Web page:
BUFFALO, NYAlthough adjuvant therapies have made important
inroads into improving overall survival for many cancer patients,
lung cancer patients have not been so fortunate, Robert J. Ginsberg,
MD, said at the Roswell Park Surgical Oncology Symposium.
Previous results of surgery alone or surgery with adjuvant
therapies using chemotherapy, radiotherapy, or their combinations
have been dismal in patients with locally advanced lung cancers,
said Dr. Ginsberg, chief of the Thoracic Service, Memorial
Sloan-Kettering Cancer Center. However, the use of preoperative
or induction chemotherapy, followed by surgery, offers a measure of
hope to some lung cancer patients. In certain instances, he
said, when a complete response is noted at surgery, survival of up to
60% has been achieved.
Most trials of such therapy have included patients with N2 disease,
but, more recently, trials of preoperative chemotherapy have been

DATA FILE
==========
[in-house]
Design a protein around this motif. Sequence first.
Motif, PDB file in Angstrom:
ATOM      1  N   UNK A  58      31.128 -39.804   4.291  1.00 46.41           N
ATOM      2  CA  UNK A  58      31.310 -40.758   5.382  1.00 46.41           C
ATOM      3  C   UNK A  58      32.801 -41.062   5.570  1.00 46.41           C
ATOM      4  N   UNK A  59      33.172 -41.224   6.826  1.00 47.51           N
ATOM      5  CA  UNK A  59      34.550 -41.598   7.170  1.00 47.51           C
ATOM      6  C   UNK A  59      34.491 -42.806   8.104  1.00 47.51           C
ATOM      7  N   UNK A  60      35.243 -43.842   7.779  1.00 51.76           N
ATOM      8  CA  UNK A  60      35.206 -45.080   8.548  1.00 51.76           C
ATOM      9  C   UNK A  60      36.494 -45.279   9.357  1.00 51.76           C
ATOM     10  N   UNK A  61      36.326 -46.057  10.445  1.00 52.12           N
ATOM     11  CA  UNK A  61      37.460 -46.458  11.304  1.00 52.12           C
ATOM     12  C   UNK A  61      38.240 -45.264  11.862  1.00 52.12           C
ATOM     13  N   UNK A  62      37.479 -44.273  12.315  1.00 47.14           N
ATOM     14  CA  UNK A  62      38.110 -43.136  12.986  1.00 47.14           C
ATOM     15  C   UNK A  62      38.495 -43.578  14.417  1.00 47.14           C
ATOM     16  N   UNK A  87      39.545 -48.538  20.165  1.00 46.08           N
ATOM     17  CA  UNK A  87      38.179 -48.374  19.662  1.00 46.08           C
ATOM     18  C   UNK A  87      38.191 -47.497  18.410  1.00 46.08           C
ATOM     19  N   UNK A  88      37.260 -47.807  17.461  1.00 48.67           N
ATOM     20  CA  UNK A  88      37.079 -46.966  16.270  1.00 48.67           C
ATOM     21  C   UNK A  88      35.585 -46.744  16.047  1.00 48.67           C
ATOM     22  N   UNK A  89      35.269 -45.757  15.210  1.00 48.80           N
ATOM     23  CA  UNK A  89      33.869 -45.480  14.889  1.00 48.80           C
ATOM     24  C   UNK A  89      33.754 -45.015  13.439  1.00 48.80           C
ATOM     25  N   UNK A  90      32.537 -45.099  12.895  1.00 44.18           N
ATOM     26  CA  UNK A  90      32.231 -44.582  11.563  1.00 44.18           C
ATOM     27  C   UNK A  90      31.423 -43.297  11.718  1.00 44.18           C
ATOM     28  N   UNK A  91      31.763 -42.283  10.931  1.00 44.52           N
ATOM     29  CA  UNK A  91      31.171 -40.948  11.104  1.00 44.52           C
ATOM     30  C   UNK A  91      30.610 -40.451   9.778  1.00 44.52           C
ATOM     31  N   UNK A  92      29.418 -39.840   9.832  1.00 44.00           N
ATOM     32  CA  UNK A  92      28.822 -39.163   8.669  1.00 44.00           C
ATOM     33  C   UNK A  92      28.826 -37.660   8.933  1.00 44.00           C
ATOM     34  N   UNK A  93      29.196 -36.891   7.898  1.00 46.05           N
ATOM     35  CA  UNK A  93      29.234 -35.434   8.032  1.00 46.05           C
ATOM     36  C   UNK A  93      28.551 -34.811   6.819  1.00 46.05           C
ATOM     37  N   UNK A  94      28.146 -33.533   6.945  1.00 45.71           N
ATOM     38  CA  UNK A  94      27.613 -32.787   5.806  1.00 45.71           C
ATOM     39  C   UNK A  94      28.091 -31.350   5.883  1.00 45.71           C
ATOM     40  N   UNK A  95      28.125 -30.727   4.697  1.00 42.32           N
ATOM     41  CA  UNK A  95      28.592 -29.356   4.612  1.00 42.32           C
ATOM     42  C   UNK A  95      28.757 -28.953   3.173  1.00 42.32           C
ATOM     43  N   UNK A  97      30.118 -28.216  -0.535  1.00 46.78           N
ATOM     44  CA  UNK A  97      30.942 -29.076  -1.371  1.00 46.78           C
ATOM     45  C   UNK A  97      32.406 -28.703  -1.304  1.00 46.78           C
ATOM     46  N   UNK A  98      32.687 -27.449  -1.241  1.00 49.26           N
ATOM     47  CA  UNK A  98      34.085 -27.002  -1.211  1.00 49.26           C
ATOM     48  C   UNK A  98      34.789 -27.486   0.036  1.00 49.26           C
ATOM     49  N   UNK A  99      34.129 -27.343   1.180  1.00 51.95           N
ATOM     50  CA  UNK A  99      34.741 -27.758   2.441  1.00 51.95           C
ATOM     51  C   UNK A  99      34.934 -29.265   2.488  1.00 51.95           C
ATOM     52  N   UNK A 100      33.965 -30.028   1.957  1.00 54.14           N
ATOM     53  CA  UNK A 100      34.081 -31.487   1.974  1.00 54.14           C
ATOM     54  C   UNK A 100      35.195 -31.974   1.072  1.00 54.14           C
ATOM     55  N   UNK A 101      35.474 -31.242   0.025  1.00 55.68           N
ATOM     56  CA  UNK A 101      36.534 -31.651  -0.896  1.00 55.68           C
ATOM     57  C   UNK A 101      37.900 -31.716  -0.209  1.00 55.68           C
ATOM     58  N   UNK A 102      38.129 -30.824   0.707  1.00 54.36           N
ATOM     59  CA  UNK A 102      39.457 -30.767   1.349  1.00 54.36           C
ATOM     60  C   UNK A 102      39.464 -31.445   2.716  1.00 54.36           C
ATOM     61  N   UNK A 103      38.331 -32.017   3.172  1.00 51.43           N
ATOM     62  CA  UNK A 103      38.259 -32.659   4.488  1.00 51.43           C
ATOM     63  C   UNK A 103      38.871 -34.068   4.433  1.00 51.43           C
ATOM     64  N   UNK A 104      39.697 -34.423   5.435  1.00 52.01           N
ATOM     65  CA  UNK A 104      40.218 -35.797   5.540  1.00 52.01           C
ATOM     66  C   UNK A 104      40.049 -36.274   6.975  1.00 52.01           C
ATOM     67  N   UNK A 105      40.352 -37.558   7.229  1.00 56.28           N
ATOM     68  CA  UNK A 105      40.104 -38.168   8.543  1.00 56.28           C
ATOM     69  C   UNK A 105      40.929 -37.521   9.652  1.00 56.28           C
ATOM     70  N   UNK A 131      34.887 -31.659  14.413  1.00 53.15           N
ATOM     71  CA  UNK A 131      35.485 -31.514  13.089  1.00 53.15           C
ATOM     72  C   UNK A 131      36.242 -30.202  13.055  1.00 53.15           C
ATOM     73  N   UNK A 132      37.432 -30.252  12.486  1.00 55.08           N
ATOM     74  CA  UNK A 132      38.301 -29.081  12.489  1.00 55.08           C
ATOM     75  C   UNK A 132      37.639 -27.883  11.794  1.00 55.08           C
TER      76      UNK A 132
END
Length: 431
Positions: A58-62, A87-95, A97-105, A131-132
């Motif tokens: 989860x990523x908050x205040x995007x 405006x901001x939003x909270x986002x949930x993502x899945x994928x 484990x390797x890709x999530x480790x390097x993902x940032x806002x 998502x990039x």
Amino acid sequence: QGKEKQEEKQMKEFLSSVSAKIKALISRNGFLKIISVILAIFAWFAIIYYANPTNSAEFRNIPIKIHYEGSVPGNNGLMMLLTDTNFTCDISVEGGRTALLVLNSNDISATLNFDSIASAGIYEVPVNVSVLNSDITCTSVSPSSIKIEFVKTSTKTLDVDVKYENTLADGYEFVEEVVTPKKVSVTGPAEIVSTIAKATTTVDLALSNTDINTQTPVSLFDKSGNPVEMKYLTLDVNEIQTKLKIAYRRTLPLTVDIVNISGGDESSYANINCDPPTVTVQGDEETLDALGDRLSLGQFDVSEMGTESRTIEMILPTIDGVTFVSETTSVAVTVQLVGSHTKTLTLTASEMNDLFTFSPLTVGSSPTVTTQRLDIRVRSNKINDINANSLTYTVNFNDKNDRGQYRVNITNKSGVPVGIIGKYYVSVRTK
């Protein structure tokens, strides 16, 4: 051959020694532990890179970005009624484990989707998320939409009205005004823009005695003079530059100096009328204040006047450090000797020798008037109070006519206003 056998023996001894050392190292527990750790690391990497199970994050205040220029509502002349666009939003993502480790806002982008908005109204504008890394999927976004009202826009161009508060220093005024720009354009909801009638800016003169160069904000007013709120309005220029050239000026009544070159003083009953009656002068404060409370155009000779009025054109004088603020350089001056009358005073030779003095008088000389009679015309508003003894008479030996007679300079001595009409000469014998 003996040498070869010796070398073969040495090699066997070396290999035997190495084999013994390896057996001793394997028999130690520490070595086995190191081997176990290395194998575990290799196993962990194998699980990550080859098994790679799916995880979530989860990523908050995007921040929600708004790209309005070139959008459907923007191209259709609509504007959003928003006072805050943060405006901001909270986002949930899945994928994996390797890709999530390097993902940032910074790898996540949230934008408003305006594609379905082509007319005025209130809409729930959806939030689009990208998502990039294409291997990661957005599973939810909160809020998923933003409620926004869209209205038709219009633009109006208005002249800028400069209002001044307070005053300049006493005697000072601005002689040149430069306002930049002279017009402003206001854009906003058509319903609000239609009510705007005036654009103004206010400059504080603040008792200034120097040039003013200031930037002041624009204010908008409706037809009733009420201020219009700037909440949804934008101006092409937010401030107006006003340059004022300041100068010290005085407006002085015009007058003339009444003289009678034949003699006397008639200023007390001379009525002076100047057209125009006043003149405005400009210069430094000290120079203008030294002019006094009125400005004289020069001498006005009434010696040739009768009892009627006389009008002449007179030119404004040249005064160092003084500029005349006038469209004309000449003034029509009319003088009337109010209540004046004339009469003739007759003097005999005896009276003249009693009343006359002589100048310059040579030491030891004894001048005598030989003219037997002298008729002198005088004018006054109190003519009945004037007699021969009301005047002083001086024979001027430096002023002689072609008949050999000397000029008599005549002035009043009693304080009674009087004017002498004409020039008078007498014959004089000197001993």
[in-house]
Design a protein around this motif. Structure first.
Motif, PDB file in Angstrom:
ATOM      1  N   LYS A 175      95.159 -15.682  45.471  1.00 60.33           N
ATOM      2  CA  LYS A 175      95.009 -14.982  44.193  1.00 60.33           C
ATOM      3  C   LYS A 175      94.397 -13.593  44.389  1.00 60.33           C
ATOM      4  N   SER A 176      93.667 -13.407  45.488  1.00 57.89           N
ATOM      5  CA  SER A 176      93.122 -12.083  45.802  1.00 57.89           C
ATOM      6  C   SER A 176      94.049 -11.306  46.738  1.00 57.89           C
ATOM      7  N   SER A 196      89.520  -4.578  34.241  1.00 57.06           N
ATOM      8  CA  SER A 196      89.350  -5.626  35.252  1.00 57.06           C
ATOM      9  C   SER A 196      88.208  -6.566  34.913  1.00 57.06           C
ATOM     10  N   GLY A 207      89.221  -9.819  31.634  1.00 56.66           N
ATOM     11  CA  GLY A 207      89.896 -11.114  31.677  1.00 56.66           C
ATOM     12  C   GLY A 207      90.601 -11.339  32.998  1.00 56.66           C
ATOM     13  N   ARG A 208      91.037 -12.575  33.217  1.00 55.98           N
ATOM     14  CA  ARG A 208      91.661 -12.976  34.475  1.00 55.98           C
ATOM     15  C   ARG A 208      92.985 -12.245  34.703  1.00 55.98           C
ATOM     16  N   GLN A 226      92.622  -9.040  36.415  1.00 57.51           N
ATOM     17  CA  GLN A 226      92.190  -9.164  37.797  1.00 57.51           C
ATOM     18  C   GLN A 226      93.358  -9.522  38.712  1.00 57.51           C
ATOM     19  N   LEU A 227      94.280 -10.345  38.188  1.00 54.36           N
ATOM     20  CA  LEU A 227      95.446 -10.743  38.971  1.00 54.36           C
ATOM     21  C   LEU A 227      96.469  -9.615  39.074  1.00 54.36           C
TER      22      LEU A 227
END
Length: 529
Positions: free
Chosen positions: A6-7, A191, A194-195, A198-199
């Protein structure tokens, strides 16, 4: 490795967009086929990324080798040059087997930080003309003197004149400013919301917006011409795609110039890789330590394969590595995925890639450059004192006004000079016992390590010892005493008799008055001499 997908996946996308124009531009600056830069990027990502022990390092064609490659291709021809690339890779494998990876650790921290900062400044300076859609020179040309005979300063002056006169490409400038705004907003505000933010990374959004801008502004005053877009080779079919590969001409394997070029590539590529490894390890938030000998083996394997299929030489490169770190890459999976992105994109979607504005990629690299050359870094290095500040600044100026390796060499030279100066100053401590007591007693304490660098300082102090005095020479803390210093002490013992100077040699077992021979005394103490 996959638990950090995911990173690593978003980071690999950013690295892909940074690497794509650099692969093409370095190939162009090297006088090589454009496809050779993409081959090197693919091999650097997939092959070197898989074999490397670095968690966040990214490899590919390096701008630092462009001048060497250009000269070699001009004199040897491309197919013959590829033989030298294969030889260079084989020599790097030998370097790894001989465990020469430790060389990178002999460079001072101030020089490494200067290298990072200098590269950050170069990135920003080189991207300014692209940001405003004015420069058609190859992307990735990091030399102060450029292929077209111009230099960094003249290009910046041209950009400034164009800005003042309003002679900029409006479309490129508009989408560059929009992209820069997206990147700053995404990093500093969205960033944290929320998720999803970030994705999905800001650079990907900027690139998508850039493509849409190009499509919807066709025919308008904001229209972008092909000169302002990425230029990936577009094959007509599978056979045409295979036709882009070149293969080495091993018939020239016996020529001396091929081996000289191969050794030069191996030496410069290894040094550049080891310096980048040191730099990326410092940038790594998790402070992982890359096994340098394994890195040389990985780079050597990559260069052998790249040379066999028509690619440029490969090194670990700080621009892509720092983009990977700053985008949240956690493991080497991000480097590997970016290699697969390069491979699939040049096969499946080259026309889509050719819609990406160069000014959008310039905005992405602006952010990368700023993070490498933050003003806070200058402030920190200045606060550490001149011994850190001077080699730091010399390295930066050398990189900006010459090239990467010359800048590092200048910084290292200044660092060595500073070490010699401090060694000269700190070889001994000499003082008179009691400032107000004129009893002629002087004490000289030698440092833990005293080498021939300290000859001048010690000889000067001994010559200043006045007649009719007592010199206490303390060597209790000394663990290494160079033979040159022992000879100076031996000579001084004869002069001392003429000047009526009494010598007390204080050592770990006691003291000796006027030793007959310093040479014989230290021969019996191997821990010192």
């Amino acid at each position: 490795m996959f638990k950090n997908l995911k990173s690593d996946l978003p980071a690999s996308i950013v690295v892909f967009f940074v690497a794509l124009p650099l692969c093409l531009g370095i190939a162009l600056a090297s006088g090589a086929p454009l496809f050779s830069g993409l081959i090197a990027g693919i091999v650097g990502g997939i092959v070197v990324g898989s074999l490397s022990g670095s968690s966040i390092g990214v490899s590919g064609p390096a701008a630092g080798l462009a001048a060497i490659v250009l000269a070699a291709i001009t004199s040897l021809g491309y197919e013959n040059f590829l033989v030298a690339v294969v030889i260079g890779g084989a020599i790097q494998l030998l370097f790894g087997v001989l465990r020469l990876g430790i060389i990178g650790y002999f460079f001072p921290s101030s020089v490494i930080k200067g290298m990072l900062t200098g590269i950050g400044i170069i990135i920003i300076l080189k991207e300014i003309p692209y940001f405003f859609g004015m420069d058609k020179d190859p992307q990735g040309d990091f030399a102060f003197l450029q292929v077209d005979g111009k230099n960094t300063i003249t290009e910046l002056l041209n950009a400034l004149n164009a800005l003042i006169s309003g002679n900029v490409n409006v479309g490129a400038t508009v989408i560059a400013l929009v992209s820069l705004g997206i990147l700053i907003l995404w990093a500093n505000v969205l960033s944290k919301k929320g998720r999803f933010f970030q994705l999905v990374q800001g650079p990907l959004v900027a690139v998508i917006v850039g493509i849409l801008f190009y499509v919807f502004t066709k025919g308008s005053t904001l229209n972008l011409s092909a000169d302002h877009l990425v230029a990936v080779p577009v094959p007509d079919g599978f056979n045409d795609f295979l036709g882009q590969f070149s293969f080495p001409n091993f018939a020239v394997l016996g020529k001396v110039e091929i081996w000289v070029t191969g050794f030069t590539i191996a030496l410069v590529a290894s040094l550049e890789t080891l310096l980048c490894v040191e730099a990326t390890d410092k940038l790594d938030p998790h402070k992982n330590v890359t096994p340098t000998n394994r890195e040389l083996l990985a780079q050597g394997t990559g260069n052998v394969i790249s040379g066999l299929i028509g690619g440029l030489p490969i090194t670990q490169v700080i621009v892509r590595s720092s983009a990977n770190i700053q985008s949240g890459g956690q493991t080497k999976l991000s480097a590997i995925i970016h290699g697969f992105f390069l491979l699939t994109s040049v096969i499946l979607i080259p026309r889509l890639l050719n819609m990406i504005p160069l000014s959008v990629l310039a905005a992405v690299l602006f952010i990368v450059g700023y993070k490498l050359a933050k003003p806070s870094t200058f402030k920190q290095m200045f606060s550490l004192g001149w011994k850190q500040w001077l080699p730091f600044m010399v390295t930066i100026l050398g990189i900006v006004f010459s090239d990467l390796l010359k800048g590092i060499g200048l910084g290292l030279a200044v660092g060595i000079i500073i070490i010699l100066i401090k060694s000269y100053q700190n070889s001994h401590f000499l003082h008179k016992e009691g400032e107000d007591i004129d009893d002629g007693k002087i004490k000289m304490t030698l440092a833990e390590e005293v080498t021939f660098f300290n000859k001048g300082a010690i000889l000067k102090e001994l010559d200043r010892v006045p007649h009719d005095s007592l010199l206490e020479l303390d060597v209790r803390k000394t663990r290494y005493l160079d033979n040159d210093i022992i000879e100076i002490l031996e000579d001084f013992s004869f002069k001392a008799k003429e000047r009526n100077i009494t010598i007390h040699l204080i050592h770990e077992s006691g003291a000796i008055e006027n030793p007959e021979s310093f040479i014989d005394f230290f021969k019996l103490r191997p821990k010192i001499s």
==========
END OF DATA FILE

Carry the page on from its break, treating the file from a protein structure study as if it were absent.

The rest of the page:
reported in patients with earlier stage tumors.
Theoretically, the use of preoperative chemotherapy will decrease the
size of the primary lung cancer tumor, affect the number of
micrometastases, and decrease the odds of seeding cancer cells
throughout the chest cavity during the surgical procedure, Dr.
Preoperative chemotherapy offers us the chance to give patients
the potential benefits of such therapy while they are fit to receive
it. A major problem with lung cancer surgery is the lengthy recovery
time. Because of this, many patients cannot receive adequate adjuvant
treatment. Treating with systemic therapy initially seems to make a
difference, he said.
Disadvantages for such induction therapy are the delay of the initial
surgery, which may disturb patients, and an increase in surgical
morbidity. Although there are some theoretical disadvantages,
it appears that such induction therapy is effective, especially if
the tumor can be downstaged. We do not know yet if the optimal
preoperative treatment is chemotherapy alone or chemotherapy with
radiation therapy, he said.